The best thing i like about this BP was the grid.css. This wonderful piece of CSS helped to lay your site into orderly clean and uncluttered columns which is very flexible and allows for laying out many different columns as you fancy. Not only that but each column CSS classes is measured out for you and you only need to work out what page size you want to use and how many columns you want to include. For example, on this site i chose a three column layout and wanted the main content area to be the wider than the other two.

The page was to be 950px in width and i needed some nice spacing between the columns to keep it tidy. By looking through the grid.css file i was able to quickly work out how many pixels i need for the main content area and the two sidebar columns, including the spaces between each column to keep the total page size to 950px. so the CSS classes i used were: .span-14 .colborder .span-9 .last In the grid.css there are more CSS classes that define different pixel size for the width of your box, by using a combination of these depending on the layout you want it should help you balance the total without needing to work them out from scratch.

Furthermore, there is an image file which can be included for the background while testing your layout. The image creates a grid so you can see the alignment of your page, pretty neat. While on this topic, there is another way to achieve this, use GridFox ;) Why do you think every Web designer urges everyone to use Firefox. Forgot to mention the .last CSS class is used for clearing the floats, i think. There is a quick tutorial that covers most of what i have explained.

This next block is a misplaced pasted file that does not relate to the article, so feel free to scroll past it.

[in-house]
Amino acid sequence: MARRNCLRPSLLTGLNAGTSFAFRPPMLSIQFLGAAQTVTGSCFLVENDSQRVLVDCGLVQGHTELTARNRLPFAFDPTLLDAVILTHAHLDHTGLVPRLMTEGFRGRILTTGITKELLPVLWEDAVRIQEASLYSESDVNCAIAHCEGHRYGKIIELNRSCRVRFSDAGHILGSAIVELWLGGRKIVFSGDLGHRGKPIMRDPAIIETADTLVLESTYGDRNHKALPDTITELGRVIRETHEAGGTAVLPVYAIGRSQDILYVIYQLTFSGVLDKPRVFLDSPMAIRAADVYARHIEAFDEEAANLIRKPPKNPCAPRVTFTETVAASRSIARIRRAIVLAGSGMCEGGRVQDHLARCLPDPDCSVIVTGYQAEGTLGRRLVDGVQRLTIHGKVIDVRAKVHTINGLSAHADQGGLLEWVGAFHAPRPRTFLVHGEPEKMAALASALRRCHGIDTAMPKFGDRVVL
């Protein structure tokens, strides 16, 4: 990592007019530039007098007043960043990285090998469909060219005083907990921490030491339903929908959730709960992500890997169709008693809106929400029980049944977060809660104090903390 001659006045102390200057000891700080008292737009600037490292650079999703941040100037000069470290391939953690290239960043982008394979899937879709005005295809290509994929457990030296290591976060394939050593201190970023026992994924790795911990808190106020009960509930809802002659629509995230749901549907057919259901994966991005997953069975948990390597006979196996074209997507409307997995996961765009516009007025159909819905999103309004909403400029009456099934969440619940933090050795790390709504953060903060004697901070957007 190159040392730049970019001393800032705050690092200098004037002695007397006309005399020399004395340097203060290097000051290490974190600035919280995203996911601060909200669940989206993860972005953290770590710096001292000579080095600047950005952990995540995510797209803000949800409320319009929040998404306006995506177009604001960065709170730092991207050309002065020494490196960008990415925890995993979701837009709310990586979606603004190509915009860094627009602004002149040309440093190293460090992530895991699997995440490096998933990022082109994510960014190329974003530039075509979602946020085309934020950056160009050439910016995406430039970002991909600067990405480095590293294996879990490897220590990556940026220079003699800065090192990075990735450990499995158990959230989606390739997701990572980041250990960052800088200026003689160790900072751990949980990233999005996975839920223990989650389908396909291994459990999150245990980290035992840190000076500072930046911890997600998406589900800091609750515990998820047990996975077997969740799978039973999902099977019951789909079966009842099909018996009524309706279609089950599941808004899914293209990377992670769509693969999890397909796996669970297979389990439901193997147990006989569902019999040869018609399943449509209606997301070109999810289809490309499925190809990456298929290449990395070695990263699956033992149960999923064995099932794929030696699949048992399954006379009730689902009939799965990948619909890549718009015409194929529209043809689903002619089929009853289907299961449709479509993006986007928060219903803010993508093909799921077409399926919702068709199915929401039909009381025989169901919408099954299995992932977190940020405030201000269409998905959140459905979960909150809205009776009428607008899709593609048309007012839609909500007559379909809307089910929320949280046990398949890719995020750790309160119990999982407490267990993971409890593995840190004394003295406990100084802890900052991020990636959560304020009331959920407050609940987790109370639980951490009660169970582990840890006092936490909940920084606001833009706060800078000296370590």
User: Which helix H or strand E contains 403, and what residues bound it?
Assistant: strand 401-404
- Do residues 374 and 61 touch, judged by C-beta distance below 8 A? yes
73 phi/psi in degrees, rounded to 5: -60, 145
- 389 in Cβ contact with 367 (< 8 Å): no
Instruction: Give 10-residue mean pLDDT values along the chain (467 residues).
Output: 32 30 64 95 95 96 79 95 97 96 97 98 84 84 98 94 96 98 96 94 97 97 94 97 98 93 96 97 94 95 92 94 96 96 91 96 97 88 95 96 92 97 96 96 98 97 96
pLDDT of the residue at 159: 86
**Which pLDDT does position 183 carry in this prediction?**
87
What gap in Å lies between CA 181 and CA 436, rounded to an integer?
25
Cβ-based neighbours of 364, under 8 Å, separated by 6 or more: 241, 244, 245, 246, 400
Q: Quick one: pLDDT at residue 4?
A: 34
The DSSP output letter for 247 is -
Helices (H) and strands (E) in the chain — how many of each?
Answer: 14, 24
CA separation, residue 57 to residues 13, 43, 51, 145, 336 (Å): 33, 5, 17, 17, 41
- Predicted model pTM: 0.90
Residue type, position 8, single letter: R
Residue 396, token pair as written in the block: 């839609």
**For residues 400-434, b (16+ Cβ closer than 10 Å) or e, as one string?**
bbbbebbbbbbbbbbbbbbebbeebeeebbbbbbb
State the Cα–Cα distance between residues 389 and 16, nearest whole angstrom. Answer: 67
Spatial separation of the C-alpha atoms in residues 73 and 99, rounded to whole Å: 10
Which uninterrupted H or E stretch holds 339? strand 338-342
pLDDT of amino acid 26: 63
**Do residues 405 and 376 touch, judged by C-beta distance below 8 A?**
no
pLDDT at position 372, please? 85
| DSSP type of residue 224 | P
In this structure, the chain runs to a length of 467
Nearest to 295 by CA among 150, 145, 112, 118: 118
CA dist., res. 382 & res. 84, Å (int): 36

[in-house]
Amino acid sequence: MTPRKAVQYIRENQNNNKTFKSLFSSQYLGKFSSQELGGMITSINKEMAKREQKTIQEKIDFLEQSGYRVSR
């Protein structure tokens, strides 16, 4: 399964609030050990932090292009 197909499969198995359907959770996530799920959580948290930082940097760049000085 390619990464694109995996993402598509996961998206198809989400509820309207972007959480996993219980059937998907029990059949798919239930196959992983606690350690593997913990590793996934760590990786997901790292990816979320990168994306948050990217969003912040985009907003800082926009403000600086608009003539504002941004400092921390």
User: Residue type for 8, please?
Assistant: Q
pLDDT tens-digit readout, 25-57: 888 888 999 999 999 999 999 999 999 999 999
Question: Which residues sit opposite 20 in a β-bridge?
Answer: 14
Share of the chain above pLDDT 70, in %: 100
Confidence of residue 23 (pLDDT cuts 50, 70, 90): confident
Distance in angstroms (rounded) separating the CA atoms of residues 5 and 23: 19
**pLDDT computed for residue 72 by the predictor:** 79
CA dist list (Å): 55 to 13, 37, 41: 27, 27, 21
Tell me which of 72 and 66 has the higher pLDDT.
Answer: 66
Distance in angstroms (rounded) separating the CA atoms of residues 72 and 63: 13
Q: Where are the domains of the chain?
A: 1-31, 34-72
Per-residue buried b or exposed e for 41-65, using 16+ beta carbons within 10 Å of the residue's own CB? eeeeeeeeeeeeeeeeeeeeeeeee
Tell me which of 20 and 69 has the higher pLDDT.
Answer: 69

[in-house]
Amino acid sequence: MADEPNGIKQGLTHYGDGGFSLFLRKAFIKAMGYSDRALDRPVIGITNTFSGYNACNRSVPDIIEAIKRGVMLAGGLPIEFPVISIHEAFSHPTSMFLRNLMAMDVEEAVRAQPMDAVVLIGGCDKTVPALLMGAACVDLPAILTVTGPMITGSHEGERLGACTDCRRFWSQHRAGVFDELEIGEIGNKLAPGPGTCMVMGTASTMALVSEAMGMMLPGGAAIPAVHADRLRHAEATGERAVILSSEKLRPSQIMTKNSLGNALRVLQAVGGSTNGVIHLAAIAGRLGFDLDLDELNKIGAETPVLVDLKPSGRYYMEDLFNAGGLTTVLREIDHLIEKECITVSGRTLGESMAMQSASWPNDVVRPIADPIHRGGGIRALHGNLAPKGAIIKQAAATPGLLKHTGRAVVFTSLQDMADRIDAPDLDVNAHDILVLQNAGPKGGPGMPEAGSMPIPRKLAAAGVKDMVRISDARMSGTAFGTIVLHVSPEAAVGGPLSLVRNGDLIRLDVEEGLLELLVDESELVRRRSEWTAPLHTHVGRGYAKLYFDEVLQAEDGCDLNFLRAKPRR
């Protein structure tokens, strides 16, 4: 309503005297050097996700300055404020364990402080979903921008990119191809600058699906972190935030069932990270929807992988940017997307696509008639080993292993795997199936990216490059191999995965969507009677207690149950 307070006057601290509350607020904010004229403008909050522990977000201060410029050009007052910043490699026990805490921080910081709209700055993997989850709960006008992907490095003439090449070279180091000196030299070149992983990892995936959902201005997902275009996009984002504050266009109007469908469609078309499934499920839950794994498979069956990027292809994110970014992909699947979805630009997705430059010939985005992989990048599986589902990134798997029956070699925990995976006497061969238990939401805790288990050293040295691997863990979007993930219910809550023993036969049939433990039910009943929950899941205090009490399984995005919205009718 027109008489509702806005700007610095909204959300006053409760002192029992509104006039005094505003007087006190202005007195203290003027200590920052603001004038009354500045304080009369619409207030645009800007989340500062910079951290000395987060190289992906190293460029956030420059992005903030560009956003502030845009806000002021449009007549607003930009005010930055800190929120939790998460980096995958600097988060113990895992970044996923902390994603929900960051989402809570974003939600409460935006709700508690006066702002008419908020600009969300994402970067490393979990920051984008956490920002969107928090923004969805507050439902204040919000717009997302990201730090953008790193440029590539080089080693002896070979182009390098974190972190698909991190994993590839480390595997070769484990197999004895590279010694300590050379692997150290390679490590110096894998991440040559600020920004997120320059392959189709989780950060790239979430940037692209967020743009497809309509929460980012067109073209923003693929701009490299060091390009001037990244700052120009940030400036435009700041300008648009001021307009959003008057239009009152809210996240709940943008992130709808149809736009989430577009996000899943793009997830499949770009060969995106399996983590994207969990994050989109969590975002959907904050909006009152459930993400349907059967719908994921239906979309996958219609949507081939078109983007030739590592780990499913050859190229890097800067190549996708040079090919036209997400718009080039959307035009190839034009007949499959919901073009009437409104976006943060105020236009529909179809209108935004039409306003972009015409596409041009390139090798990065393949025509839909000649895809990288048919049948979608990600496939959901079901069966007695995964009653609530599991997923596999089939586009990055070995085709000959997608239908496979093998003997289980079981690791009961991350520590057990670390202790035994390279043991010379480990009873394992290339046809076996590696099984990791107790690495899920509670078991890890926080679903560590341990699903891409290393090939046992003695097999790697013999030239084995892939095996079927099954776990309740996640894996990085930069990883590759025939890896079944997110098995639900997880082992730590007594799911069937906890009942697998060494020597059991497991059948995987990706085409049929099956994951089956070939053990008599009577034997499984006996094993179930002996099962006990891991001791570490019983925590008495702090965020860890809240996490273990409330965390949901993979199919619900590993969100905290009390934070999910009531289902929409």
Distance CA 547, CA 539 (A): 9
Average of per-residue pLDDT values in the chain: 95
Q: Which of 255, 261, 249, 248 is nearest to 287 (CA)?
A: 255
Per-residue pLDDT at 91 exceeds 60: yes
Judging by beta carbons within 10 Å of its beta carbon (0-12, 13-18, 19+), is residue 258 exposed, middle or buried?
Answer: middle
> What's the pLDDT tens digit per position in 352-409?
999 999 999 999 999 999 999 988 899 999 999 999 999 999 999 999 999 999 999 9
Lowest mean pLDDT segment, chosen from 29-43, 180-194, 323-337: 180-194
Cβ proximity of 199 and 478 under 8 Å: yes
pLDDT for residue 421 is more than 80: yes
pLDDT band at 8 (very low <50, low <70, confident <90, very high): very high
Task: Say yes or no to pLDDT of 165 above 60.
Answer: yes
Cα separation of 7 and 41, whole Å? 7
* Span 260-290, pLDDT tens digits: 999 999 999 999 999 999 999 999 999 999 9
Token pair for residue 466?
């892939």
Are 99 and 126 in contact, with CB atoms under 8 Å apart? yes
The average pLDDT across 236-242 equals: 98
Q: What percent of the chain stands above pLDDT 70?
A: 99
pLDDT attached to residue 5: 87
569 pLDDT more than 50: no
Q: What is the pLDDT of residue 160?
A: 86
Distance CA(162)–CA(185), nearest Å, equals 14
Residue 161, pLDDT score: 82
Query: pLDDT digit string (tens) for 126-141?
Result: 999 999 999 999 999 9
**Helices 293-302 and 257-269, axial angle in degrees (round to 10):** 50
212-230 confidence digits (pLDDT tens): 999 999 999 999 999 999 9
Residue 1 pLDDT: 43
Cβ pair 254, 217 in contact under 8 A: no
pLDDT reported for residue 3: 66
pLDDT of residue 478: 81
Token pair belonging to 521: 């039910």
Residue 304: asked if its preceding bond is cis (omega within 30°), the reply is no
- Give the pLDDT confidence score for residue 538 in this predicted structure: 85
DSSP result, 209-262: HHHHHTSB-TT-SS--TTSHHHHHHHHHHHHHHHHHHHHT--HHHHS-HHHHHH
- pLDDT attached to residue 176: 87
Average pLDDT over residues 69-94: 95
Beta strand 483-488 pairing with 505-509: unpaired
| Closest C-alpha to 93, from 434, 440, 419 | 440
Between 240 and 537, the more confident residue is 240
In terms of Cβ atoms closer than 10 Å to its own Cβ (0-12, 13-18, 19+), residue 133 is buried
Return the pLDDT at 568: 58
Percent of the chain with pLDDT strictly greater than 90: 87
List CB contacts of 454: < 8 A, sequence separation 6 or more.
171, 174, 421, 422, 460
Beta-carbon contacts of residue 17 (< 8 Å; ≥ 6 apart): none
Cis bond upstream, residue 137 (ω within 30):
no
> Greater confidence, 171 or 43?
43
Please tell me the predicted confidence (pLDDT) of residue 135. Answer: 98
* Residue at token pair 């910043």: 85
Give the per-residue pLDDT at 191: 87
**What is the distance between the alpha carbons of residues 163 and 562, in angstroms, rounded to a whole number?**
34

Did i like it? hard question, yes and no. Yes, because it did quicken up the process for me to devleop my site and no, because i ended up having to remove quite a lot of the styling for the properties of the elements which i knew was expected depending on the layout but did not realise i had to remove more than i had expected. Maybe, part of the reason is to do with Drupal's internal CSS files.

However, it would be interesting to use this Blueprint again on another project soon. Well, I also just found out there is another CSS framework called Boilerplate. This one claims to be a stripped down version of Blueprint and is built to be more semantic in it's naming conventions for CSS. Maybe, i might just try this out instead?. Having said that, i know there are probably still a few things on this site to fix but that'll do for today. It's my own site so there's no rush for it :)

Overall, it had been fun using BluePrint but hoped that i didn't have to put too much effort into it. But hey, no framework is perfect and i admired the attempt to create one. Quick note before i leave you, if you have installed 'Printer-Friendly Pages' module, be sure to change the custom stylesheet URL to point to the BluePrint print.css file (should be in your theme folder). You can set this in your printer-friendly page settings.